By Kevin O'Keefe

It’s Time to Democratize Creation of Secondary Law

The creation of secondary law has long been the province of legal academics and elite legal minds.

Publishers of treatises, law reviews, law journals and legal periodicals have long served as the gatekeepers, deciding who gets to contribute as an author, and on what topics.

With the Internet, and particularly, WordPress and legal blogging, publishing has been democratized.

More authors and more topics covered, in a much faster fashion, and open to the public.

Legal professionals with niche expertise and practical experience publish from their laptop or iPhone.

Their work is published and preserved on their blog or another open platform.

With all this insight and commentary on the law, why not widely recognize it as secondary law law?

Legal academics, legal publishers, and many of the authors who have been approved by the gatekeepers, are quick to argue that there is no editorial control of this material. No vetting. How do we know it is realiable and trustworthy?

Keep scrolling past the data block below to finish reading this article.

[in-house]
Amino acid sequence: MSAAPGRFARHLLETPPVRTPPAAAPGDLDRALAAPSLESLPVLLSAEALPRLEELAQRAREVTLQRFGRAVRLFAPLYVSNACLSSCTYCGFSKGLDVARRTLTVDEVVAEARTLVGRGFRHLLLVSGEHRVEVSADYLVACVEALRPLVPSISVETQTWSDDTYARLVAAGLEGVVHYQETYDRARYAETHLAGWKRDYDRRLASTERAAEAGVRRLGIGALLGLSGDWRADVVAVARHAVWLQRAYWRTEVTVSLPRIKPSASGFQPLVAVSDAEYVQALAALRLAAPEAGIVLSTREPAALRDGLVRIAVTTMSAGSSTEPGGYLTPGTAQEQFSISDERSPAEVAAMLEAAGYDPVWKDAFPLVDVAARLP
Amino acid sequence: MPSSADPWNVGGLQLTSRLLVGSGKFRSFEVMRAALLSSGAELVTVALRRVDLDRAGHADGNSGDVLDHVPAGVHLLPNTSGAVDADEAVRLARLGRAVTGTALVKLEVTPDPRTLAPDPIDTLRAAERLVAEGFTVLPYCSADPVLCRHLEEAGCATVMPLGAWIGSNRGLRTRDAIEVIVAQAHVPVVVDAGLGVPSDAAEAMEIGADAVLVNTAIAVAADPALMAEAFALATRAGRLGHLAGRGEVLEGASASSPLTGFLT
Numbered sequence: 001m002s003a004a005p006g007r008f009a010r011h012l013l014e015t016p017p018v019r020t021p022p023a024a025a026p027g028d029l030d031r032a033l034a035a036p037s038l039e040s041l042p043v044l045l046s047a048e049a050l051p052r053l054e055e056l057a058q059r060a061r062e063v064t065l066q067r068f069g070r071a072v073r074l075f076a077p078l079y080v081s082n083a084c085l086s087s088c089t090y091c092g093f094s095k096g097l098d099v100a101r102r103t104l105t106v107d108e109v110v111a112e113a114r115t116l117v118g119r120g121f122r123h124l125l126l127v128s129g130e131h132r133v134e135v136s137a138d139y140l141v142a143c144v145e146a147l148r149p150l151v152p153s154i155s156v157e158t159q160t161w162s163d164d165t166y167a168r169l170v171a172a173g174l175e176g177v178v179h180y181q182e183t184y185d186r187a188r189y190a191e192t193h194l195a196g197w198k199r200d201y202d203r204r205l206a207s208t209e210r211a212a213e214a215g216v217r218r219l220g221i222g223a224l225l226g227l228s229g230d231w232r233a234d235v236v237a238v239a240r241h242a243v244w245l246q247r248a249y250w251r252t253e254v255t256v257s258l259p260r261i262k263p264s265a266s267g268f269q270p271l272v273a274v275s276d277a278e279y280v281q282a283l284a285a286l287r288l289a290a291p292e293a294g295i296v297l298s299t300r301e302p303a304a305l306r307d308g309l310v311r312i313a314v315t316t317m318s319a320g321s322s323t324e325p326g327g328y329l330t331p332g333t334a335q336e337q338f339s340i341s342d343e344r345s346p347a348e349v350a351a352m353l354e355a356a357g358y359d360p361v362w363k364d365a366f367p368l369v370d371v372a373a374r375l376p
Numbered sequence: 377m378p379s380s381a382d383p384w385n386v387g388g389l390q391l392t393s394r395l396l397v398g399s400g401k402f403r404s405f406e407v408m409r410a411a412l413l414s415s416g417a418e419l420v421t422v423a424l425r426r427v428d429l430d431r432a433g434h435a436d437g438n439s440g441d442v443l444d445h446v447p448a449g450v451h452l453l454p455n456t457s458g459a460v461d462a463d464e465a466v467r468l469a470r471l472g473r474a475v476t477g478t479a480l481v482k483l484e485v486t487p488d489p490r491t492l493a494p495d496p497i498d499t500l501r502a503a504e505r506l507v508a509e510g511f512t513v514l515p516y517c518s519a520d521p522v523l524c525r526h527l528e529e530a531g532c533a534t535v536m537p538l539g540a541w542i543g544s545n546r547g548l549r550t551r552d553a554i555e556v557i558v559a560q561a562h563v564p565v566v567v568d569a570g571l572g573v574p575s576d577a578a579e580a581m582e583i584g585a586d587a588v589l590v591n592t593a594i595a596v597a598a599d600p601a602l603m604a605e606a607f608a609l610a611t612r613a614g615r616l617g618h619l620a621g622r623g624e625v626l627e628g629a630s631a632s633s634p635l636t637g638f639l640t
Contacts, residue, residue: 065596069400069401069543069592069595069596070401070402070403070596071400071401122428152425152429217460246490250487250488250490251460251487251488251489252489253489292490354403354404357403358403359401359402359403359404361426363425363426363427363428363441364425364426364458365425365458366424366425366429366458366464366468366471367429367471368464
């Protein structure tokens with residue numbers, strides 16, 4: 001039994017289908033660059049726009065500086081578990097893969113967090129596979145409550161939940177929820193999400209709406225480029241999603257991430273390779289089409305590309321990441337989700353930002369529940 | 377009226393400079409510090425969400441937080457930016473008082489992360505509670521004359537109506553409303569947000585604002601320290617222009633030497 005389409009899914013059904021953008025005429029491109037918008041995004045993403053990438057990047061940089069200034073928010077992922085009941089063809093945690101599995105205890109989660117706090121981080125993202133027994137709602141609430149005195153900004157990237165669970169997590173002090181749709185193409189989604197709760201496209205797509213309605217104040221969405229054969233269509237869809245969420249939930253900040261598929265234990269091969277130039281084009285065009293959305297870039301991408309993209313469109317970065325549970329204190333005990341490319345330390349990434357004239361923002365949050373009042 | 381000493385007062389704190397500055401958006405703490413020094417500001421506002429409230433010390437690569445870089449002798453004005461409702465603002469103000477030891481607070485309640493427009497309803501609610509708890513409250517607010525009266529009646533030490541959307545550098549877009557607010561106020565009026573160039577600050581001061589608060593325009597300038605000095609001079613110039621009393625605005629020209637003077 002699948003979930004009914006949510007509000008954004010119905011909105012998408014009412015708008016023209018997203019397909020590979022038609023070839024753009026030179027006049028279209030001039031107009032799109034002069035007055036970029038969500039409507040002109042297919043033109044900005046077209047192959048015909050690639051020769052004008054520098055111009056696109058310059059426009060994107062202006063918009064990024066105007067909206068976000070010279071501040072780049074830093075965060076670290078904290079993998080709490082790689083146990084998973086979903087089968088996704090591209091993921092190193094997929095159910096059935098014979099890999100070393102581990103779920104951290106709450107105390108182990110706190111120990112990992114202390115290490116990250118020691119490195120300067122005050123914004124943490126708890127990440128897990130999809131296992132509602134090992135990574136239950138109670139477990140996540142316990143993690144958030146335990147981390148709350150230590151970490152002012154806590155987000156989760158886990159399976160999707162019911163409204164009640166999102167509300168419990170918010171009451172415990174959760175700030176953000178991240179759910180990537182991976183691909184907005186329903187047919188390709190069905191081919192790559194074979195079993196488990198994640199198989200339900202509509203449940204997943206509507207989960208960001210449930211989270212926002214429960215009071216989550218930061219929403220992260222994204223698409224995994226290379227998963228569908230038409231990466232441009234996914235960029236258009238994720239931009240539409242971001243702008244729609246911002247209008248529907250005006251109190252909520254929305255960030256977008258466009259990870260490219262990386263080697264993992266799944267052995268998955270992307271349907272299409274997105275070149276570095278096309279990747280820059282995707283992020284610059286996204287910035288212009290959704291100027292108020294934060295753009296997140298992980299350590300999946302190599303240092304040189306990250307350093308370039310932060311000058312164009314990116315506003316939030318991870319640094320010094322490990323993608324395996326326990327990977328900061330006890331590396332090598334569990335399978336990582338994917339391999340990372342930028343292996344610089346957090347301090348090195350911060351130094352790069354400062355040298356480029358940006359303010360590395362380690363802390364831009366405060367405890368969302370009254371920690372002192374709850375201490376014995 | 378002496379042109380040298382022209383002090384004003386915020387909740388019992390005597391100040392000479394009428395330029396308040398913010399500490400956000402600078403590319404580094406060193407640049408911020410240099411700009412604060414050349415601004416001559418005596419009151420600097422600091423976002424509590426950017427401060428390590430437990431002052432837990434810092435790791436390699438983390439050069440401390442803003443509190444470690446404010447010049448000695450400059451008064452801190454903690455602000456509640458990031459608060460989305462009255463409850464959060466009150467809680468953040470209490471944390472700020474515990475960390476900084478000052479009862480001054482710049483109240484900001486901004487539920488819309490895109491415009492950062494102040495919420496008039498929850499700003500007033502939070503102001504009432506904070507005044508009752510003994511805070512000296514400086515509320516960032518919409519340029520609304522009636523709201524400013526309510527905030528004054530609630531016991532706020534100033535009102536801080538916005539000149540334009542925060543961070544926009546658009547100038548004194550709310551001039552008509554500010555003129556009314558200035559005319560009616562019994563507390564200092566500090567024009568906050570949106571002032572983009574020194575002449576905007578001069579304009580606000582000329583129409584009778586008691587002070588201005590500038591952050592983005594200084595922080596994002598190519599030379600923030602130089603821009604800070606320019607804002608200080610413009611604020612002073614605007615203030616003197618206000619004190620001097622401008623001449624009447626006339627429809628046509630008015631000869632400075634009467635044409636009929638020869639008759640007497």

They do not realize that this commentary is being more critically reviewed than the closed publishing in their law reviews, periodicals and treatises.

Legal blogs and open legal publishing by law professors and practicing lawyers are widely read by experts in the relevant niche. Articles and posts are read within minutes of being published.

If a law professor from Northwestern or a lawyer from Norton Rose is publishing something unfounded or unreliable on a blog, they’ll be called on it. And not privately, but on the open web where seen by all.

Arguably, there is greater incentive to publish what is sound and reliable in open publishing than in closed periodicals.

I don’t expect those with the keys to the castle or with conflicting interests to soon accept open publishing as reliable and authoritative secondary law, but the day will come.

Disruption happens in the day of the Internet.

Kevin O'Keefe
About the Author

Trial lawyer turned legal tech entrepreneur, I am the founder and CEO of LexBlog, a legal blog community of over 30,000 blog publishers, worldwide. LexBlog’s publishing platform is used on a subscription basis by over 18,000 legal professionals, including the largest law firm in each India, China and the United States.

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